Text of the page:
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Jury Deliberation - Essay Example

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Summary
For several years now, there had been many court cases of which the jury trial was questioned, in the United Kingdom, United States, and elsewhere. Shadows of doubt, shady and apparent, were presented against these deliberations, decisions, and votes, but it is still used and trusted by the public in determining guilt of persons charged with criminal offence.
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Jury Deliberation
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"Jury Deliberation"

Download file to see previous pages "Research" in this instance could be wide and varied in meaning as there are other extrapolating questions with regards to jury deliberation itself. Are questions limited to the AC 1118 (protection of free debate in the jury room) only Are there other contradicting details about the jury process which the public must know and that should be properly acted upon Does "research" apply to the outsiders, or the jurors themselves
As Section 8(1) of the Contempt of Court Act 1981 provides: "(1) Subject to subsection (2) below, it is a contempt of court to obtain, disclose or solicit any particulars of statements made, opinions expressed, arguments advanced or votes cast by members of a jury in the course of their deliberations in any legal proceedings," making votes, discussions and other related issues on jury deliberations sacrosanct before the law.
In this instance, it is against the law that jurors themselves impart any information or knowledge with regards to the case at hand, so that they are to live life like the case does not exist at all. And this is to allow implementation of AC 1118, of which may be interpreted as to protect the jurors, or the court decision, and the public in general.
Court cases that have touched on the issue of "protection of free debate in the jury room" include Regina v. ...
ion why or how come that in those cases where the court was informed of some misconduct on the part of jurors, steps were not done to rectify what has gone wrong (UKP, 2006). In the R v Mirza (2004) case, AC 1118 was also indicated of important clause as an important feature of the jury's work protecting "individual jurors from exposure to pressure to explain the reasons which had actuated them individually to arrive at their verdict," (House of Lords, 2005). Likewise, R v Young Stephen (Bar Council, 2006) has also been mentioned as one of the most notorious case.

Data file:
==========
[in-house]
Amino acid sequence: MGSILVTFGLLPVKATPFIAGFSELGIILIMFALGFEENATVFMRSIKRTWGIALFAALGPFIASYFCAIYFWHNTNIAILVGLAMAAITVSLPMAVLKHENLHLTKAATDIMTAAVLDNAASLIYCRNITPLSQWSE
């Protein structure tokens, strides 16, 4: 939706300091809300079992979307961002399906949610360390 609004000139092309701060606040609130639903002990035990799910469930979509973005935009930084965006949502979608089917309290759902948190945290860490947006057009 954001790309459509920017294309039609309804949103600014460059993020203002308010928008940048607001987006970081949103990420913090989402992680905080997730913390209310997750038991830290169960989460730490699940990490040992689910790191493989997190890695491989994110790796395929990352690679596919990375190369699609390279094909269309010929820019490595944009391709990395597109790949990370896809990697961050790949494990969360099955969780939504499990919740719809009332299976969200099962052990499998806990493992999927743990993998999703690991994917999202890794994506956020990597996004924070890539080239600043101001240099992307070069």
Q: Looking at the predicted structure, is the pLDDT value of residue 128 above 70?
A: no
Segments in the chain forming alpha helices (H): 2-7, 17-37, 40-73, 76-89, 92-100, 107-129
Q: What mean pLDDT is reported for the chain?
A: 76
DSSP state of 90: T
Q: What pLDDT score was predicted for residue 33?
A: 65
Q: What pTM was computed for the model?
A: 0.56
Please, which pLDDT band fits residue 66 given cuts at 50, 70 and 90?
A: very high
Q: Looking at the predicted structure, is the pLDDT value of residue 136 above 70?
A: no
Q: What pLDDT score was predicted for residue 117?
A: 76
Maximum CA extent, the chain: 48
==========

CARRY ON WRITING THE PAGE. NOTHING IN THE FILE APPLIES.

Incidentally, it was emphasized in a report that section 8 of the Contempt of Court Act 1981 on disclosing or obtaining information relating to jury room deliberations were addressed to third parties (Procter, 2006) in the discussion mentioned.
One example of this contradictory deliberation was the case "Her Majesty's Attorney General (Respondent) v. Scotcher (Appellant) (Criminal Appeal from Her Majesty's High Court of Justice) of which one Keith Scotcher has been charged of contempt of court.
In the deliberation, it was established that appellant Scotcher was summoned for jury service in January 2000 for a case against two brothers criminally charged. In February 20 of that same year, an anonymous letter was sent to the mother of the two defendants in the criminal case of which contents include among others:
"Dear Mrs Anderson
I was the one jury member who held out against the
prosecution case at the trial of [A] and [B]. I would like
you to seriously consider, as I'm sure you are already,
talking to your counsels about appealing the convictions
on the grounds of an unsafe conviction, miscarriage of
justice, or whatever. [XXXX]
When we first went out the voting was close XXXX.
Many changed their vote ...Download file to see next pagesRead More
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